Conspiracy theories

Student ID

By Miriam Mogilevsky, Special To The Dayton Jewish Observer

BEAVERCREEK — In early May, the U.S. Department of Justice dropped a case against Steve Rosen and Keith Weissman, two former employees of the American Israel Public Affairs Committee (AIPAC). The former staffers of the powerful pro-Israel lobby were accused of espionage several years ago and have since undergone a grueling prosecution and the devastation of their reputations.

The details of the case against Rosen and Weissman are complicated and seem to come from a spy thriller, complete with a CBS report alleging that “a spy is working for Israel at the Pentagon…The suspected mole supplied Israel with classified materials, passing classified information to two men at AIPAC, and on to the Israelis.”

According to the Anti-Defamation League, no actual espionage took place, and the Department of Justice acknowledged this when the charges were finally dropped.

The men were indicted under the Espionage Act of 1917, and this was the first time that it was used against civilians who weren’t working for the government. However, it wasn’t the first time that Jews were irrationally feared and suspected of conspiring to harm the United States.

When a user on, my favorite social news Web site, posted a link to an outrageous article claiming that the World Trade Center had actually been bombed by Jews on Sept. 11, I assumed that such theories are few and rarely taken seriously.

I was wrong. A Google search for “Jews caused 9/11” brings up an astounding 6,620,000 hits.

One popular theory claims that the 9/11 hijackers had been trained by Mossad agents in an attempt to cause the United States to go to war against the Arab world and thus further Israel’s supposed interests.

Christopher Bollyn, a writer for the American Free Press, asserted that the presence of “Zionist agents” in the American government gives this theory credence.

When the U.S. invaded Iraq in 2003, this theory’s proponents took the invasion as evidence of Israeli involvement in 9/11.

Other theorists, such as one ironically named Israel Shamir, rejects the entire idea of Islamic terrorism and blames Israel — along with the U.S. government — for “creating” 9/11 to further their own mutual goals.

He claims that this makes it possible for Israel to “massacre” Palestinians and call it a war on terror.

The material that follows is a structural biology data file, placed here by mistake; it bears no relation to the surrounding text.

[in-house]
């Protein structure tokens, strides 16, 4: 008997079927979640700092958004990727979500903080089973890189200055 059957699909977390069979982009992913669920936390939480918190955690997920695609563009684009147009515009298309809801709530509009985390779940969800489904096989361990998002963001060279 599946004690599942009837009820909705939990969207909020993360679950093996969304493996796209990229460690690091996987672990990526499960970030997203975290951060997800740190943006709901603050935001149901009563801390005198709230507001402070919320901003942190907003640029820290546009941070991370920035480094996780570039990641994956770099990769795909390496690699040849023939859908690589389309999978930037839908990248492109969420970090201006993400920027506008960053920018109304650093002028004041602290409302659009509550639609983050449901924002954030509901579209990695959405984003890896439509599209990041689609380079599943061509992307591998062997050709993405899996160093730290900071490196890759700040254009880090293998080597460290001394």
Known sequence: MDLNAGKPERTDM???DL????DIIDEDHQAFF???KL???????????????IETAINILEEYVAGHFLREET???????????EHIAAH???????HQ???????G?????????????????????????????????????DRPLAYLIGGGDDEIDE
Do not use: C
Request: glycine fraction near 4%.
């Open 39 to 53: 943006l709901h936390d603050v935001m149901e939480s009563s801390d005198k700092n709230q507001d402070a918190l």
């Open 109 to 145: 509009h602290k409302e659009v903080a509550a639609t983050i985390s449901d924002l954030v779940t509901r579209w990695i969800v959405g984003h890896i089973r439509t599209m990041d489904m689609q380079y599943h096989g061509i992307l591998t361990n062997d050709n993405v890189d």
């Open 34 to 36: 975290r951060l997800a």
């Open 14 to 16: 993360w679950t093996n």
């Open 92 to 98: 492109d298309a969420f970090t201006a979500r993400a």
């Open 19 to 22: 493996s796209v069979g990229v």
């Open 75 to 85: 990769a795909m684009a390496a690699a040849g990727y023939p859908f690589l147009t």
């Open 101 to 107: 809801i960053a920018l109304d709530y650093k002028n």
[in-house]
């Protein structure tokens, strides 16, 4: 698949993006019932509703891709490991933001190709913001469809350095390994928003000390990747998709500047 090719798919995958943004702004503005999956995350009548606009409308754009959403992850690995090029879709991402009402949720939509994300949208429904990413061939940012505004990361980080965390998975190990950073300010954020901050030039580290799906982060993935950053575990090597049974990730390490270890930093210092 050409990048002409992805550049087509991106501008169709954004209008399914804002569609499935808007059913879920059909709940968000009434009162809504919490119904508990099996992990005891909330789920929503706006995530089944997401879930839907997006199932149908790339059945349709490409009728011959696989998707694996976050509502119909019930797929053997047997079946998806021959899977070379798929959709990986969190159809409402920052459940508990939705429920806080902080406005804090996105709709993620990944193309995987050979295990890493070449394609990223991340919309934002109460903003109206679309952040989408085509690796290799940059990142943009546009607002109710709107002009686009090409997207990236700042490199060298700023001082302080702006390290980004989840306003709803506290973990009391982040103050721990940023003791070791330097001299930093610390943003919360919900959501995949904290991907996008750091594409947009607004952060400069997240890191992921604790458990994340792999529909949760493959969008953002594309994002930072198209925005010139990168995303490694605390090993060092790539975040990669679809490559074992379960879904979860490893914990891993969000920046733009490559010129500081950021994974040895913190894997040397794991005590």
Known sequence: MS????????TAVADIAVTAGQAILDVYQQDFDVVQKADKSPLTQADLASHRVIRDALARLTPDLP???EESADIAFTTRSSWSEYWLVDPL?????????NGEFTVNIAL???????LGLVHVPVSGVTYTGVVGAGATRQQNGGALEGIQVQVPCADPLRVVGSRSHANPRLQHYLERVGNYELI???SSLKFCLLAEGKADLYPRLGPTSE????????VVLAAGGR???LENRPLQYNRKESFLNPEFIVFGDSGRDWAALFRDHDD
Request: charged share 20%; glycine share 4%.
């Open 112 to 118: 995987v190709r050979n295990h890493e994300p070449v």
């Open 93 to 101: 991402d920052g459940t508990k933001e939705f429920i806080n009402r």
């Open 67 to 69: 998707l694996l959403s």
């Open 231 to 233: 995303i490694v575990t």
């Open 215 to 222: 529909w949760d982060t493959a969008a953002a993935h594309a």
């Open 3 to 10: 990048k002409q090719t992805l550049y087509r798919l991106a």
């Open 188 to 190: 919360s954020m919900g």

I suppose Jerusalem and Tel Aviv just bombed themselves during the Second Intifada, then, since there were no Islamic extremists to do it.

Some theories shift away from blaming the Jews for causing 9/11, and accuse them of knowing about the attack beforehand instead.

Many Arabic media sources, for instance, claimed that 4,000 Jews who worked in the World Trade Center had suddenly stayed home from work on the morning of Sept. 11, thus avoiding the attacks.

The Russian newspaper Pravda reported this as truth, too. The rumor-busting Web site dispelled this urban legend.

I’m sure that most of the world’s happenings have been blamed on a Zionist conspiracy at some point.

In 2008, an Arabic TV show featured a segment of a Harry Potter movie and proclaimed: “The early 1990s brought a revolution in digital technology to the world of cinema, helping the propaganda machinery of the 20th-century Jews adopt useful tools for witchcraft and brainwashing. Now, more than ever, this tool serves to spread the dark and evil essence of  Zionism and its goals.”

The show goes on to explain that the Harry Potter movies are the Jews’ way of “targeting innocent children and youth” and turning them over to Satan.

The recent swine flu scare has brought along its own conspiracy theories too. One blog renames the illness “Jew Flu” and says, “To ease the global financial situation, the Jews have released a genetically engineered virus that kills children, old people and those with depressed immune systems.”

Meanwhile, a poll by reports that 31 percent of Europeans blame Jews for the global financial crisis.

A Web site called claims that there is a Zionist conspiracy to conquer the Arab world by dividing it into tiny pieces.

When the space shuttle Columbia exploded in 2003,  online forums claimed that the presence of an Israeli astronaut aboard the shuttle was cause for suspicion. Some conspiracy theorists even claim that Israel has manufactured and exploited the genocide in Darfur.

Clearly, there’s a pattern here. Why do Jews inspire so much fear and suspicion? It could be because we have such a unique history and religious beliefs.

But, more likely, it’s because Jews are remarkably pervasive for such a small group.

We’re always showing up in government offices, lists of Nobel prize winners, and credits of Hollywood movies.

People who don’t know much about Jewish history do not realize that, because of centuries of persecution and oppression, Jews have learned how to work hard and make their own luck.

Instead, they assume that Jews’ success is caused by a secret plot. From this kind of thinking, conspiracies regarding Sept. 11, swine flu, and Harry Potter spread.

Most conspiracy theories don’t affect individuals, but Steve Rosen and Keith Weissman are an exception. Though the charges against them have been dropped, they were fired from AIPAC and their reputations may never recover. It’s not enough to file lawsuits and then drop them; antisemitism masquerading as fear must end.

Miriam Mogilevsky is a senior at Beavercreek High School. She has been accepted for early admission to the Medill School of Journalism at Northwestern University in Evanston, Ill.

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